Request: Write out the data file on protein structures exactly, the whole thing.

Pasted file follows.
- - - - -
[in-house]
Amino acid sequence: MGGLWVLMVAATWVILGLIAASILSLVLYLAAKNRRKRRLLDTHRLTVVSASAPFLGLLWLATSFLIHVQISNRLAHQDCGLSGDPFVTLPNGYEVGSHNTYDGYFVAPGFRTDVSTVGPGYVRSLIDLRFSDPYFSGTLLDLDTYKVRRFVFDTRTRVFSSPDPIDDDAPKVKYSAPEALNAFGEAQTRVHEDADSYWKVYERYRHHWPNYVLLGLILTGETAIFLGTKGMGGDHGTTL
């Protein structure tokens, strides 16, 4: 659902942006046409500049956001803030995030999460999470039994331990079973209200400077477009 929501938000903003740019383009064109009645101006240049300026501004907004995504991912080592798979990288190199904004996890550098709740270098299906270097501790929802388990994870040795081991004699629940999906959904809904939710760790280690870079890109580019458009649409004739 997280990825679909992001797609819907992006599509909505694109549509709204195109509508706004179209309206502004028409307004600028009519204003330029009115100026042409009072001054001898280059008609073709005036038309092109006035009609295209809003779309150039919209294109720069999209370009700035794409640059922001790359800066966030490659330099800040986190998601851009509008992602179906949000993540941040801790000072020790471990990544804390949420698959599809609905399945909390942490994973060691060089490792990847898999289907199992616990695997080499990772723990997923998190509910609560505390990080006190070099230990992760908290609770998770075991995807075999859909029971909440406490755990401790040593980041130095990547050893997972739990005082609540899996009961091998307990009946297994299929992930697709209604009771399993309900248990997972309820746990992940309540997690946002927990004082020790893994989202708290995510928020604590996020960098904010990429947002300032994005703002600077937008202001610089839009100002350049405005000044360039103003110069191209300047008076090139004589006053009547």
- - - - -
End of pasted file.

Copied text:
[in-house]
Amino acid sequence: MGGLWVLMVAATWVILGLIAASILSLVLYLAAKNRRKRRLLDTHRLTVVSASAPFLGLLWLATSFLIHVQISNRLAHQDCGLSGDPFVTLPNGYEVGSHNTYDGYFVAPGFRTDVSTVGPGYVRSLIDLRFSDPYFSGTLLDLDTYKVRRFVFDTRTRVFSSPDPIDDDAPKVKYSAPEALNAFGEAQTRVHEDADSYWKVYERYRHHWPNYVLLGLILTGETAIFLGTKGMGGDHGTTL
């Protein structure tokens, strides 16, 4: 659902942006046409500049956001803030995030999460999470039994331990079973209200400077477009 929501938000903003740019383009064109009645101006240049300026501004907004995504991912080592798979990288190199904004996890550098709740270098299906270097501790929802388990994870040795081991004699629940999906959904809904939710760790280690870079890109580019458009649409004739 997280990825679909992001797609819907992006599509909505694109549509709204195109509508706004179209309206502004028409307004600028009519204003330029009115100026042409009072001054001898280059008609073709005036038309092109006035009609295209809003779309150039919209294109720069999209370009700035794409640059922001790359800066966030490659330099800040986190998601851009509008992602179906949000993540941040801790000072020790471990990544804390949420698959599809609905399945909390942490994973060691060089490792990847898999289907199992616990695997080499990772723990997923998190509910609560505390990080006190070099230990992760908290609770998770075991995807075999859909029971909440406490755990401790040593980041130095990547050893997972739990005082609540899996009961091998307990009946297994299929992930697709209604009771399993309900248990997972309820746990992940309540997690946002927990004082020790893994989202708290995510928020604590996020960098904010990429947002300032994005703002600077937008202001610089839009100002350049405005000044360039103003110069191209300047008076090139004589006053009547």